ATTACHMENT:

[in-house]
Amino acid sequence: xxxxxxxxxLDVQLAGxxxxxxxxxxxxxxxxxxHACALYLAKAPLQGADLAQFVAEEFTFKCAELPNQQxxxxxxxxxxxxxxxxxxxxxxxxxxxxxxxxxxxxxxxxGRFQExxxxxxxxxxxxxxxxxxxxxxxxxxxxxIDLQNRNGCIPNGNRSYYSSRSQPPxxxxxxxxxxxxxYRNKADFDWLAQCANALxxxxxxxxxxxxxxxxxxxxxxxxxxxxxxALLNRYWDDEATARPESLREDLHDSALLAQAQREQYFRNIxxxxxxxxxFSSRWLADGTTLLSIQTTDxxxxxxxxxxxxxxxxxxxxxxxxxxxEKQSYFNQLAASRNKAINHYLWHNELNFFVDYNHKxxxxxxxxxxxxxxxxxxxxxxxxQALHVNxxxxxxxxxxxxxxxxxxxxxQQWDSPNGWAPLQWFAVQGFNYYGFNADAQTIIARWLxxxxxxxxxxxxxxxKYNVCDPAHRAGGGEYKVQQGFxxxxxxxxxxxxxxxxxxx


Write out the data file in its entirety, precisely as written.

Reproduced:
[in-house]
Amino acid sequence: xxxxxxxxxLDVQLAGxxxxxxxxxxxxxxxxxxHACALYLAKAPLQGADLAQFVAEEFTFKCAELPNQQxxxxxxxxxxxxxxxxxxxxxxxxxxxxxxxxxxxxxxxxGRFQExxxxxxxxxxxxxxxxxxxxxxxxxxxxxIDLQNRNGCIPNGNRSYYSSRSQPPxxxxxxxxxxxxxYRNKADFDWLAQCANALxxxxxxxxxxxxxxxxxxxxxxxxxxxxxxALLNRYWDDEATARPESLREDLHDSALLAQAQREQYFRNIxxxxxxxxxFSSRWLADGTTLLSIQTTDxxxxxxxxxxxxxxxxxxxxxxxxxxxEKQSYFNQLAASRNKAINHYLWHNELNFFVDYNHKxxxxxxxxxxxxxxxxxxxxxxxxQALHVNxxxxxxxxxxxxxxxxxxxxxQQWDSPNGWAPLQWFAVQGFNYYGFNADAQTIIARWLxxxxxxxxxxxxxxxKYNVCDPAHRAGGGEYKVQQGFxxxxxxxxxxxxxxxxxxx